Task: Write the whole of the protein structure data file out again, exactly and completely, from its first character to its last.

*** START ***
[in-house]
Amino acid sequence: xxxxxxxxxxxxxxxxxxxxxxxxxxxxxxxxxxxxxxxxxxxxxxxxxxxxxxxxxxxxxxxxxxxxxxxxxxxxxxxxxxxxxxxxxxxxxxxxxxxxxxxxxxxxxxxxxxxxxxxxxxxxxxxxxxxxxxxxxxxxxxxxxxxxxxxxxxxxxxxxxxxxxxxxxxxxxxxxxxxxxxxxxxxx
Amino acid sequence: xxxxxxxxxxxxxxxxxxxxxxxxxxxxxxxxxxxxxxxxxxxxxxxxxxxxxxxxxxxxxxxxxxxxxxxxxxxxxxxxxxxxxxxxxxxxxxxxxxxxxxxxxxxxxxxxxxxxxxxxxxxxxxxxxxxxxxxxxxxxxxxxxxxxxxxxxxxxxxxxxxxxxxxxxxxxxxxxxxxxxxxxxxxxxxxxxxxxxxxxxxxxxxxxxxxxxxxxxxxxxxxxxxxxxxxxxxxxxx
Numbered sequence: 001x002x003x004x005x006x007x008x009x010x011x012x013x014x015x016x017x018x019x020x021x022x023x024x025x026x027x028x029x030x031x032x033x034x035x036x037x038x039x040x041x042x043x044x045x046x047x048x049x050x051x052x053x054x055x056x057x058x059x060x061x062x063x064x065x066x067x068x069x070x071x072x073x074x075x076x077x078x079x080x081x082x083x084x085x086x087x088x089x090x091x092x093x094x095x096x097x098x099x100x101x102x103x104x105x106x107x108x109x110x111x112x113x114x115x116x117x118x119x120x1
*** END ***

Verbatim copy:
[in-house]
Amino acid sequence: xxxxxxxxxxxxxxxxxxxxxxxxxxxxxxxxxxxxxxxxxxxxxxxxxxxxxxxxxxxxxxxxxxxxxxxxxxxxxxxxxxxxxxxxxxxxxxxxxxxxxxxxxxxxxxxxxxxxxxxxxxxxxxxxxxxxxxxxxxxxxxxxxxxxxxxxxxxxxxxxxxxxxxxxxxxxxxxxxxxxxxxxxxxx
Amino acid sequence: xxxxxxxxxxxxxxxxxxxxxxxxxxxxxxxxxxxxxxxxxxxxxxxxxxxxxxxxxxxxxxxxxxxxxxxxxxxxxxxxxxxxxxxxxxxxxxxxxxxxxxxxxxxxxxxxxxxxxxxxxxxxxxxxxxxxxxxxxxxxxxxxxxxxxxxxxxxxxxxxxxxxxxxxxxxxxxxxxxxxxxxxxxxxxxxxxxxxxxxxxxxxxxxxxxxxxxxxxxxxxxxxxxxxxxxxxxxxxx
Numbered sequence: 001x002x003x004x005x006x007x008x009x010x011x012x013x014x015x016x017x018x019x020x021x022x023x024x025x026x027x028x029x030x031x032x033x034x035x036x037x038x039x040x041x042x043x044x045x046x047x048x049x050x051x052x053x054x055x056x057x058x059x060x061x062x063x064x065x066x067x068x069x070x071x072x073x074x075x076x077x078x079x080x081x082x083x084x085x086x087x088x089x090x091x092x093x094x095x096x097x098x099x100x101x102x103x104x105x106x107x108x109x110x111x112x113x114x115x116x117x118x119x120x1